I walk 2 miles to school with my friend Paolo
I walk back home in the knee deep snow
I walk to school hungry some days
I haven’t taken a bath in a week
I feel small and alone, crazy lady wants to befriend me
I am afraid, I stay away
I am at new house, it is November, 1966, there is no heat
I am together with my sisters, all younger than me
I am with Delia, Flavia, Laura, Silvana, Bruno is being born
I am waiting for Zia Maria to come and cook us breakfast
I am waiting for food that can’t be cooked; there is no gas to cook
I go away with orphan kids, even though
I am not an orphan
I am at the Institute Sant’Orsola
I have everything I need, food, shelter and school, but
I still feel small and alone, one of the orphans I suppose.
I am not an orphan!

Soulful Eyes
By Jill Hartmann-Roberts

Burrowed in the cushions
Of our favorite chair, 
Your body rising and falling as you slept atop my head.
At night we snuggled close,
Your head on the pillow next to mine.

Watching out the window,
Always on patrol,
You barked at every animal–
Chasing squirrels and chipmunks,
Neighborhood feral cats,
Leaping across the yard
like a jackrabbit,
Protecting your territory.

Sitting on the stoop,
Enjoying the sunset,
Moving into dusk.
Watching for fireflies
Into the twilight hour.
Neighborhood walks,
Brisk and long–
In the coolness of fall,
And the heat of summer.

Dog park antics,
Chasing dogs bigger than you,
Jumping in the middle of their tussles– 
My heart stopped,
Worried you’d get hurt.

Stealing Lizzie’s toys,
Mounting to dominate,
Fighting like brother and sister–
But always keeping her close.
Your head resting on her body,
A bonded pair. 

Your daddy was your human.
He’d tease you,
Grabbing at your paws,
Until you took off like a lightning bolt.
Racing in a blur down the hall,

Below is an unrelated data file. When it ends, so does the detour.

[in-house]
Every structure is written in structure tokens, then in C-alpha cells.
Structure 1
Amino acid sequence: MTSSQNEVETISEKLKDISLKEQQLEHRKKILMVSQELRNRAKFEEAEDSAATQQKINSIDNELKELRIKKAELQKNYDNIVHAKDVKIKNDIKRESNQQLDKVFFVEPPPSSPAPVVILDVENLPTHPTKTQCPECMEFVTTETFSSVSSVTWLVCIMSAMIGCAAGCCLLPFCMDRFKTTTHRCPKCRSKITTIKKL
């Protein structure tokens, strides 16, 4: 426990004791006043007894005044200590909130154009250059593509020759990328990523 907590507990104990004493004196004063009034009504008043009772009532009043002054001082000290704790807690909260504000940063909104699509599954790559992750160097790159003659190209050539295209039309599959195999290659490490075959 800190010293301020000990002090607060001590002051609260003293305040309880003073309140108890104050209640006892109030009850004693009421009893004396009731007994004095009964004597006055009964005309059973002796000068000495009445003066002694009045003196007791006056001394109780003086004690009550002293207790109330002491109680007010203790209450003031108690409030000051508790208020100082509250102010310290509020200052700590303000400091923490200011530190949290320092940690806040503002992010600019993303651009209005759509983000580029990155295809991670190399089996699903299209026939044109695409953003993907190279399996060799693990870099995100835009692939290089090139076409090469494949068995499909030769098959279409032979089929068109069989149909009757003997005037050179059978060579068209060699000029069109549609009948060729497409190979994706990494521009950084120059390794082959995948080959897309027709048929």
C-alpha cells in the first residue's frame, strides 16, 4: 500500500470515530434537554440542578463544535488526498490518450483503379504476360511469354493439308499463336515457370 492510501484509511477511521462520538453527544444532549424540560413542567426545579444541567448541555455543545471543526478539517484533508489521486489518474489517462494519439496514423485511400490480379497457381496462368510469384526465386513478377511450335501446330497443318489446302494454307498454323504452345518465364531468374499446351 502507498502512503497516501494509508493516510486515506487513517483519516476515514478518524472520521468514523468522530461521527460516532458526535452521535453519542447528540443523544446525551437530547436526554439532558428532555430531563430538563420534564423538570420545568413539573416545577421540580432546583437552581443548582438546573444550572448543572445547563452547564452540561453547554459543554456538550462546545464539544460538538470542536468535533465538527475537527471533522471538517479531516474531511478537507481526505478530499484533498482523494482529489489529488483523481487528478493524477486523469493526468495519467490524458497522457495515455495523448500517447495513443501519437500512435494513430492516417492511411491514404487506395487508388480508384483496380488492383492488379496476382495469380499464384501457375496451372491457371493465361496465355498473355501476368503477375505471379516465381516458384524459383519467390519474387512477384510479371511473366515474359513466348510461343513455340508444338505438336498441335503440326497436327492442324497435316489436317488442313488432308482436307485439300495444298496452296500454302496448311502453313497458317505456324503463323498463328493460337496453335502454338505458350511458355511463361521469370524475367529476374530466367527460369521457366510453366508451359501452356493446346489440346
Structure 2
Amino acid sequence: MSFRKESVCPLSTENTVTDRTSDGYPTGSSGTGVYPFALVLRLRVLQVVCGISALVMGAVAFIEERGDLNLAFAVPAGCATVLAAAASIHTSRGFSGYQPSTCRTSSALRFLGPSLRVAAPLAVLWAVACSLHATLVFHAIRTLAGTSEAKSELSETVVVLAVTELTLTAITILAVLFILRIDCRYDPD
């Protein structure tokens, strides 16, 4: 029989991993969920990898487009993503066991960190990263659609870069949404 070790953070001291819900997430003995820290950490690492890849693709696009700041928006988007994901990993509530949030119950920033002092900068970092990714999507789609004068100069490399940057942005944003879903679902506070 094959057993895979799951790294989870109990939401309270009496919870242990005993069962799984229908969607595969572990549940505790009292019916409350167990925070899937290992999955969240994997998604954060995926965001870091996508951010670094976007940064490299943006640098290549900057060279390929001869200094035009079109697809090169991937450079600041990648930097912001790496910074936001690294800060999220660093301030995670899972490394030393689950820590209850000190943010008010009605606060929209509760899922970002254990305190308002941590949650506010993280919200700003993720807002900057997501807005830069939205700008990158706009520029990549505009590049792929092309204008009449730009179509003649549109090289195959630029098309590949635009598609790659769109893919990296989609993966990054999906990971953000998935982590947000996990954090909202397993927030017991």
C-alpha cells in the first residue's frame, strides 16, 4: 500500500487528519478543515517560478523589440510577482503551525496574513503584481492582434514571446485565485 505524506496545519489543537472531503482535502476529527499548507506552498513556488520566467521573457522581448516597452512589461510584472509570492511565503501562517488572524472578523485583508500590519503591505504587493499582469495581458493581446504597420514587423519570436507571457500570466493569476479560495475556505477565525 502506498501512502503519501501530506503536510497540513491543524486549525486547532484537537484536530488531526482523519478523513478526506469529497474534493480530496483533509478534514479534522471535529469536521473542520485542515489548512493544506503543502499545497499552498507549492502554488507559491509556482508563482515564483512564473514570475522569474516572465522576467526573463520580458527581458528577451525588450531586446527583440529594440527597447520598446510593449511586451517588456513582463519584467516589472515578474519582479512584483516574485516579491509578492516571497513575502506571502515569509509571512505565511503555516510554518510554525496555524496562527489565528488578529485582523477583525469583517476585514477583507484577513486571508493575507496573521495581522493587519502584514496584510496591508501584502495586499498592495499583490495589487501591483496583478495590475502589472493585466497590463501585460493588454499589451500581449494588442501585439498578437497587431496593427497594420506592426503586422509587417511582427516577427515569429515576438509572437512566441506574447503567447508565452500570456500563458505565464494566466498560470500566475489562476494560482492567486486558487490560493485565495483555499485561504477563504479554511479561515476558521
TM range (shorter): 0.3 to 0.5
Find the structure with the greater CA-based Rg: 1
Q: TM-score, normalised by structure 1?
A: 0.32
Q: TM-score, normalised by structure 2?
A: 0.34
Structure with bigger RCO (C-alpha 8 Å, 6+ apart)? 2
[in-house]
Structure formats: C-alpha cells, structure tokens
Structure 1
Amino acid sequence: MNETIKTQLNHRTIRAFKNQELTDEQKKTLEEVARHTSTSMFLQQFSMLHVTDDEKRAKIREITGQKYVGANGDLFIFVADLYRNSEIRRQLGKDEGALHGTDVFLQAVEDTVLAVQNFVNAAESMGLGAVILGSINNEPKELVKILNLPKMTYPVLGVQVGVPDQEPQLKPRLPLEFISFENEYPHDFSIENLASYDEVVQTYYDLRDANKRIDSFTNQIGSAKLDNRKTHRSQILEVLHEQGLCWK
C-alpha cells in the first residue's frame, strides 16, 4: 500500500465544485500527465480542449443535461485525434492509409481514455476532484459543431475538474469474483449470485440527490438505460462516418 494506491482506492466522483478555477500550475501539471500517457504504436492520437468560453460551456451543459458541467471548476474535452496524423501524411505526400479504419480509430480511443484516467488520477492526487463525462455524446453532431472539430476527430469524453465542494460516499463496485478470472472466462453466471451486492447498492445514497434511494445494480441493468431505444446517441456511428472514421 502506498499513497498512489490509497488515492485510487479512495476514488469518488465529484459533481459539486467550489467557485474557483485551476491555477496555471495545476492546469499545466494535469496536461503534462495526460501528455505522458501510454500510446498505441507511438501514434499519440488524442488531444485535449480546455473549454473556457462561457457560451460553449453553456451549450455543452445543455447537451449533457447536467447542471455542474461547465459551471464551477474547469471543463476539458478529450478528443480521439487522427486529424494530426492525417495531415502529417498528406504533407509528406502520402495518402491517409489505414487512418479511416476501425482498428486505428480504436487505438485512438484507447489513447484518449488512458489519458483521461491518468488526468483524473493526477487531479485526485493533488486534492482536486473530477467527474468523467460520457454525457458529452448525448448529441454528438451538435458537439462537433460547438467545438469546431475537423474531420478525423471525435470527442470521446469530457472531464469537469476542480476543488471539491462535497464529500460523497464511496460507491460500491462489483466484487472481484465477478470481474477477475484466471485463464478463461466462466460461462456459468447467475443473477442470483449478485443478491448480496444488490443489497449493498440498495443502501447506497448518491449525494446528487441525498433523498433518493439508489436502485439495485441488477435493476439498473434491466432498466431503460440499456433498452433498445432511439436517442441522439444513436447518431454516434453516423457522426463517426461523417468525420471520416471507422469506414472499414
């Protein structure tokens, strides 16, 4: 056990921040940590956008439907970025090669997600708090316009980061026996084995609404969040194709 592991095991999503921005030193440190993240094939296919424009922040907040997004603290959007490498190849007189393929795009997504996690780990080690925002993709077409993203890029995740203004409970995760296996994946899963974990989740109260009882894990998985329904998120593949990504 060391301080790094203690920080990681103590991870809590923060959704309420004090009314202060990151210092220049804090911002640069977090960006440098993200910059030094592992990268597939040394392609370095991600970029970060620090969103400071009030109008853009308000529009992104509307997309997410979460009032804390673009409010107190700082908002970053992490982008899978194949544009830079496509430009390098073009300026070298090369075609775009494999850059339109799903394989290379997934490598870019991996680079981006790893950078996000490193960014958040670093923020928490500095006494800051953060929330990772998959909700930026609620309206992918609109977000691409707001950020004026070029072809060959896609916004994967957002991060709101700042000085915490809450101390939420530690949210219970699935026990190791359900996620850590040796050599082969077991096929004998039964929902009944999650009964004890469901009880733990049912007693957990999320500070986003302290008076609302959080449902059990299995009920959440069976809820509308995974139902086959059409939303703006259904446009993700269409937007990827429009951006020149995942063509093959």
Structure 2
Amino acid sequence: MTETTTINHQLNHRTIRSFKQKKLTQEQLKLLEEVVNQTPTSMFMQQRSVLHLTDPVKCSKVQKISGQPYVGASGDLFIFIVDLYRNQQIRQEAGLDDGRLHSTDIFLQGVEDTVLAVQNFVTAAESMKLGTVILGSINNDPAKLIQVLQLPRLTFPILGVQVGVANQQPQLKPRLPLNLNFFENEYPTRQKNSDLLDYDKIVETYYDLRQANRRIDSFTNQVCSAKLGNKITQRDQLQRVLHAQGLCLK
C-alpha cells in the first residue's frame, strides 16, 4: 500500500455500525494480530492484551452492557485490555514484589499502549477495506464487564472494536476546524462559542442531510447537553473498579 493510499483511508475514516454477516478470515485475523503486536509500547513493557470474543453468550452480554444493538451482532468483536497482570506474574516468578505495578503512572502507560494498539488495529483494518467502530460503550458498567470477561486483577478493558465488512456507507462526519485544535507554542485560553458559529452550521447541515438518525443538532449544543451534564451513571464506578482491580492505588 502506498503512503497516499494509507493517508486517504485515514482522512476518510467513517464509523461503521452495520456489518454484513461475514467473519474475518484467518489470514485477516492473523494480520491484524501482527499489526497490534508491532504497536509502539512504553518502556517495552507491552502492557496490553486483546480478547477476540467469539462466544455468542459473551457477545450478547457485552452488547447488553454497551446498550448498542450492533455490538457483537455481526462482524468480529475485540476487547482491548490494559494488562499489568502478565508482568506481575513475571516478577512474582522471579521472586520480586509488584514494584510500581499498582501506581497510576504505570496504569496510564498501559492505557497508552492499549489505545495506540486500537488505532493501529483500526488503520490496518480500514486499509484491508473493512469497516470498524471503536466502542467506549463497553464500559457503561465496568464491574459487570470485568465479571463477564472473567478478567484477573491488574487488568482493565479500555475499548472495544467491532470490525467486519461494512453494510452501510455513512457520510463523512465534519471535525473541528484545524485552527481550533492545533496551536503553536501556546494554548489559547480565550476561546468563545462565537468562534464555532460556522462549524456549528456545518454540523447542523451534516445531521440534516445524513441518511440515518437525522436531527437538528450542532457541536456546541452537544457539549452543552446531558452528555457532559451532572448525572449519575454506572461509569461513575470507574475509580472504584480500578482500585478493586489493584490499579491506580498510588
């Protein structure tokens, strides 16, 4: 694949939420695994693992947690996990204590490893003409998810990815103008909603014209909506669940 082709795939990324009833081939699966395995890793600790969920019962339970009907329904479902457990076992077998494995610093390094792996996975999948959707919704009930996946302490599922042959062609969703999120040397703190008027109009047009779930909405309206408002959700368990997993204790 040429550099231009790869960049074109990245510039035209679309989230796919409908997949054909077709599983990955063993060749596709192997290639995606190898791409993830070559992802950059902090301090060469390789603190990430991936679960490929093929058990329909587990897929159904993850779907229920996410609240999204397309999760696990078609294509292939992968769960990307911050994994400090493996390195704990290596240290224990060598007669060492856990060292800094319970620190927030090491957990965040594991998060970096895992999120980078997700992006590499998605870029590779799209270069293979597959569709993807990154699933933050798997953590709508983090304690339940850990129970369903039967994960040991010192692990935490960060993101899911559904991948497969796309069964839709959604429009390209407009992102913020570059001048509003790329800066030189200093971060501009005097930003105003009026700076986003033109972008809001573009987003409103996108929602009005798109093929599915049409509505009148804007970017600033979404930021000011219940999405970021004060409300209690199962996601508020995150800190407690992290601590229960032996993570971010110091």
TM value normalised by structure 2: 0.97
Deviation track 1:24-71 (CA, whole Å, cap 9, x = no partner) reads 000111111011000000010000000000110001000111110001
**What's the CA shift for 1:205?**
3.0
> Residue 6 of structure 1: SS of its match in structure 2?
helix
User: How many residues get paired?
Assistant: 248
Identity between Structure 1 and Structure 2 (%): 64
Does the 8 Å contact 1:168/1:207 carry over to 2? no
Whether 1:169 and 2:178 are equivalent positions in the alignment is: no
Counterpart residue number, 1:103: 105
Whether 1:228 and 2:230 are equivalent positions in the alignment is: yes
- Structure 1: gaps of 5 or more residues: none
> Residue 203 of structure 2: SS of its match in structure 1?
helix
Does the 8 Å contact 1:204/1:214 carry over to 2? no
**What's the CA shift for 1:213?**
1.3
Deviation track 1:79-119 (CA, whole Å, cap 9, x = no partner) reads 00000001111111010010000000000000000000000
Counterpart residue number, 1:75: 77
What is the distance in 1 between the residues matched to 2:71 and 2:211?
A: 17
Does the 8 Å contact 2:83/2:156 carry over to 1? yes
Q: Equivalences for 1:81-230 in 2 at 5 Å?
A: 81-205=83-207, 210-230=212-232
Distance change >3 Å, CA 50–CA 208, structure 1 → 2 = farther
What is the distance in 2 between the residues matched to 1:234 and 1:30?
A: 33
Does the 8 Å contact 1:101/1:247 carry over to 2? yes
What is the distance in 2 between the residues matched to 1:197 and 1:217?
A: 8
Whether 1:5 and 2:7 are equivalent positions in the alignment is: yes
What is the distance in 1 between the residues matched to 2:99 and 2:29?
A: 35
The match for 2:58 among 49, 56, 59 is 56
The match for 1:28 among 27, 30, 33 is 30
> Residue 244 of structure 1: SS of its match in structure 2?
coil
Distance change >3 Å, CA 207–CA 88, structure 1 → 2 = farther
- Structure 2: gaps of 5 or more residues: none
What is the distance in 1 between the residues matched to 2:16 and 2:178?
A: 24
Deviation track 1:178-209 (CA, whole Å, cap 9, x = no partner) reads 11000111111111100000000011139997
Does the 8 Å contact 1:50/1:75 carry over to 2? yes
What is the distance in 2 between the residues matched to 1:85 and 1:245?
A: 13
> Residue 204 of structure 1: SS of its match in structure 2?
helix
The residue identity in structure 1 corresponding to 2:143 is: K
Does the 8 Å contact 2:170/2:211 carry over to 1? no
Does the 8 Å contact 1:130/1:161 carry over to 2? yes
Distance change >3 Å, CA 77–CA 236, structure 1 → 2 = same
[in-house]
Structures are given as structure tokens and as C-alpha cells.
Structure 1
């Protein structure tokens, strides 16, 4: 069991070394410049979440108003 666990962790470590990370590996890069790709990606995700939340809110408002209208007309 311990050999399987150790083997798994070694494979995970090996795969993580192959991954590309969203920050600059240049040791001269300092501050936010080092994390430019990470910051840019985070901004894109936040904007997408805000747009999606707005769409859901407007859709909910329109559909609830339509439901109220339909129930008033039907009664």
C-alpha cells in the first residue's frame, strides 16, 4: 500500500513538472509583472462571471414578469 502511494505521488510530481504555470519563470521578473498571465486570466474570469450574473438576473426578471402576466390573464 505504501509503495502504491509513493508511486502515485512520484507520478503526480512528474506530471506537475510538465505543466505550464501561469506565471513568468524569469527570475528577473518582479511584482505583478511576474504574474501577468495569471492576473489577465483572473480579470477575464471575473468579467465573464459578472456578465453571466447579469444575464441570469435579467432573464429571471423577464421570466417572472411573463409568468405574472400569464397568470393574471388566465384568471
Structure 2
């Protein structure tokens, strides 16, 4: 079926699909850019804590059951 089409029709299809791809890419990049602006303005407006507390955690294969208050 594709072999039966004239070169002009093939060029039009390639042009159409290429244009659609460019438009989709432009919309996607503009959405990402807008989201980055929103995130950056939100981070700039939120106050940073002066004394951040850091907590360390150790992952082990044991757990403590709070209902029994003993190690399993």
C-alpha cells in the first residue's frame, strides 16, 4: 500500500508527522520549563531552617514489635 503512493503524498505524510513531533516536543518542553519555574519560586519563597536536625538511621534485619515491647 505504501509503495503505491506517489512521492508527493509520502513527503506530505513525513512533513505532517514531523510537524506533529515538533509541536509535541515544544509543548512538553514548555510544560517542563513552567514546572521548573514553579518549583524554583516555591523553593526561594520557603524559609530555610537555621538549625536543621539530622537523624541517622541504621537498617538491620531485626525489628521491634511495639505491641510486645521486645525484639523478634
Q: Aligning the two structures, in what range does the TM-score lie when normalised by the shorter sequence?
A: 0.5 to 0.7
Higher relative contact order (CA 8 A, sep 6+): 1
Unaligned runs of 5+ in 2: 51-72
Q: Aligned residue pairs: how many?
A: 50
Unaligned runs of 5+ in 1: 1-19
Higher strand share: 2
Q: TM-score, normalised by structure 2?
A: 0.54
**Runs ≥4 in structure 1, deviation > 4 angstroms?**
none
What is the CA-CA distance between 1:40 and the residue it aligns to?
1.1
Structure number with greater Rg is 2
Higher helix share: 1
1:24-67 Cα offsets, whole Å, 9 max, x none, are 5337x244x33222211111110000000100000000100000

Back and forth,
Two, three, four, five times-
Spinning around in circles,
Jumping into his lap, 
When you ran out of breath.
You made us laugh so hard we couldn’t stop.

Years later, age took its toll. 
A slipped disc,
Your cries of pain,
Unable to walk or move- 
A miraculous surgery saved your life.
You recovered,
But were never quite the same.

A year-and-a-half later,
The vet found the cancer.
In those final months,
Strolling down Barnes & Noble aisles,
Visiting friends in Jittery Joes,
Ike & Jane cafe,
Marti’s at Midday.
You became a virtual celebrity,
A town mascot–
The Frenchie pug in a stroller.

Tallulah Gorge.
Anna Ruby Falls.
Toccoa Falls.
In your last 10 days
We traveled far- 
Climbing hills,
Walking trails,
Rivers raging,
Cascades thundering.
The air was crisp and cold
As you gloried in the sun.

In your last moments,
You left my arms,
Crawled into your daddy’s lap,
Lay your head on his chest,
And looked back at me–
Your soulful eyes wide and resolute.
And I knew–
I’d done the right thing.

In some ways,
You were like any other dog–
Food, balls, toys, walks, cars.
They all moved your spirit.
But it was your people that 
Filled your days with love.
Your family– 
Lizzie, your daddy, me–
We were the center of your world.

Your soulful brown eyes,
Wide open and warm–
Bespoke of your sensitivity 
And love. 
Your paw print 
Now forever set in clay,
Imprinted on my heart.
If the Rainbow Bridge truly exists, Reggie–
You and I will find each other,
And never be parted again.